There is only one step between speculative bubbles and wide-ranging international crises. Speculative practices in futures markets, the growing disconnect of economic fundamentals and structural price hyper-volatility have been reported in agricultural markets since 2008. Such situation enables the development of agricultural bubbles, and jeopardizes not only agriculture but also food security.
In a recently published paper, three economists from the University of Reading and the FAO reexamine the existence of these agricultural bubbles and try to explain their scope and origin. We are publishing below excerpts1
from this particularly enlightening analysis, as it covers not only the intrinsic failures of agricultural markets, but also the inability to act as demiurges, and to predict a new—and fatal––future price reversal with the devastating consequences it can generate.
The growing financialization and its destructive distorting practices are also highlighting the frailty of governance indicators and tools in our societies. Consequently, it is crucial to have credible means to assess the impact of speculation on market stability, and develop effective regulation measures to prevent the formation of any “agricultural bubble”, whose results would be as devastating as those created by the financial crisis.
momagri Editorial Board
Since 2007 the world experiences dramatic swings in internationally traded food commodity prices. Within the period of five years, food markets, and especially grains, have experienced a number of price surges. In June 2008, December 2010 and, more recently in the autumn of 2012, food prices increased sharply and subsequently declined for their peak, only to remain at relatively high levels, as compared with the 2005-2006 average.
Food prices are inherently volatile and addressing the consequences of such volatility is one of the most challenging issues facing policy makers, especially in developing countries.
In spite of what we have learned about commodity price behavior during the last 50 years, the 2008 commodities price episode revealed a gap in our knowledge on the drivers that determine commodity, and especially food prices. Since 2005 real food prices exhibit an upward trend, and in mid-2008 they increased in a violent surge by more than 60 percent, as compared to the 2007 levels.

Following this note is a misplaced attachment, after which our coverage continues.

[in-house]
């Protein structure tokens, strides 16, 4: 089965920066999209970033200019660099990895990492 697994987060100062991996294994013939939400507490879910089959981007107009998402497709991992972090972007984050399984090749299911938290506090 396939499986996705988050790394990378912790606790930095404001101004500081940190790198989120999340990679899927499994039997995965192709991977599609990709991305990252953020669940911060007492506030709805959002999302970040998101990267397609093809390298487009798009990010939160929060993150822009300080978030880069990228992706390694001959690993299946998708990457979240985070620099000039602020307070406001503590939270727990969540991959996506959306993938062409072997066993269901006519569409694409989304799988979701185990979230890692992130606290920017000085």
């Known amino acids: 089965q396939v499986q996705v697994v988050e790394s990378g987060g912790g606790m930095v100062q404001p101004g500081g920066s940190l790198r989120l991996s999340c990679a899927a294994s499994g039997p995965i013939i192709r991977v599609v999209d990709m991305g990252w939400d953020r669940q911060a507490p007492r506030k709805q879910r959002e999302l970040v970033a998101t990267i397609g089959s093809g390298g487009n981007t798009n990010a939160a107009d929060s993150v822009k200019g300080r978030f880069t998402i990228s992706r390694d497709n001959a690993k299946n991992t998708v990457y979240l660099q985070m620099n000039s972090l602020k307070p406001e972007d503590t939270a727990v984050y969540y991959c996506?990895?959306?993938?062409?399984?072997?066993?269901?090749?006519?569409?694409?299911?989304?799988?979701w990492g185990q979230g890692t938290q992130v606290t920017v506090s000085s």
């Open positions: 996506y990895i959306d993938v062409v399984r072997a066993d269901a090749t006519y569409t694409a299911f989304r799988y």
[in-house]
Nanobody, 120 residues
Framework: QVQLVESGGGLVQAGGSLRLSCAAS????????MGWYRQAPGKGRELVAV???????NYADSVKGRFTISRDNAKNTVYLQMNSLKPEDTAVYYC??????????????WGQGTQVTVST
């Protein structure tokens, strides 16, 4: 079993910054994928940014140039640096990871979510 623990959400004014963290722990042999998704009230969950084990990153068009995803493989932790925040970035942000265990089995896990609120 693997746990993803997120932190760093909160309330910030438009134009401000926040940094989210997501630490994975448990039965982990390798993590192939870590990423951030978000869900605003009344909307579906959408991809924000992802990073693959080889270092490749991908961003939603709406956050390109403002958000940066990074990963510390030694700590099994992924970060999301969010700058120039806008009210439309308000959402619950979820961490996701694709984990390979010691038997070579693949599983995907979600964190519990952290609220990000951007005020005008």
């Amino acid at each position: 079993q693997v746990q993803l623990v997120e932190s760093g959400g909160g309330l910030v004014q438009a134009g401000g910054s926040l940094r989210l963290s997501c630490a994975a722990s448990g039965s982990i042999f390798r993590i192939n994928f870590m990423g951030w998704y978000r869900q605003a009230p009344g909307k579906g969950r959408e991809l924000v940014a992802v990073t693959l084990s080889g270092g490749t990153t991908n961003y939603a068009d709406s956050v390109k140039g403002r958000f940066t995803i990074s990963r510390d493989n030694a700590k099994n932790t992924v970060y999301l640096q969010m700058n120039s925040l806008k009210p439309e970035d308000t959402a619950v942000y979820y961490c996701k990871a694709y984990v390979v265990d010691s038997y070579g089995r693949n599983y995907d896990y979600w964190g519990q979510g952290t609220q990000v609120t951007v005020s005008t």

Persistent food price volatility can have significant effects, especially on developing countries. In the short run, for net food importing developing countries price shocks can negatively affect the balance of payments, foreign currency reserves and worsen the ability to implement social safety programs. In the longer run, the diversification of activities to minimize exposure to price risk, inhibits efficiency gains from specialization in production and hinders the development of the agricultural sector (Kurosaki and Fafchamps, 2002). Income risks may also blunt the adoption of technologies necessary for agricultural production efficiency, as producers may decide to apply less productive technologies in exchange for greater stability (Larson and Plessman, 2002).
The violent spells of food price volatility in world food prices strengthened the attention of policy makers to agriculture and fuelled the debate about the future reliability of world markets as a source for food. They have also generated a wide array of opinions concerning their nature and drivers, and have led to an equally wide array of policy proposals among policy makers. At the heart of the debate lies the question of whether such price surges are generated by the market fundamentals – the forces of food demand and supply, or by other drivers such as trend-following behavior in both physical and financial markets.
The debate on whether the drivers of food price volatility go beyond market fundamentals is reflected on the wide range of the policies proposed. Investing to accelerate agricultural productivity growth to meet increasingly stronger demand for food and ease the pressure on prices (FAO, 2011) is a proposal founded on the understanding that supply, demand and stocks are the relevant drivers of volatility. Proposals such as the establishment of ‘virtual funds’ to intervene in the food futures markets by executing a number of progressive short sales are based on the surmise that changes in supply and demand fundamentals cannot fully explain volatility and speculation, especially in the futures markets, plays an important role in determining price movements (von Braun and Torero, 2009). There is no consensus between economists on the nature and drivers of food price volatility and, unsurprisingly, between policy makers on the policies to mitigate it.
In sum, the debate centers on whether agricultural and food prices experienced a ‘rational bubble’, which as in the finance literature reconciles trend-following behavior with rational expectations on future earnings. Stiglitz (1990) presents a straightforward definition of a bubble: if the reason that the price is high today is only because investors believe that the selling price will be high tomorrow – when fundamental factors do not seem to justify such a price – then a bubble exists (Stiglitz, 1990, p. 13).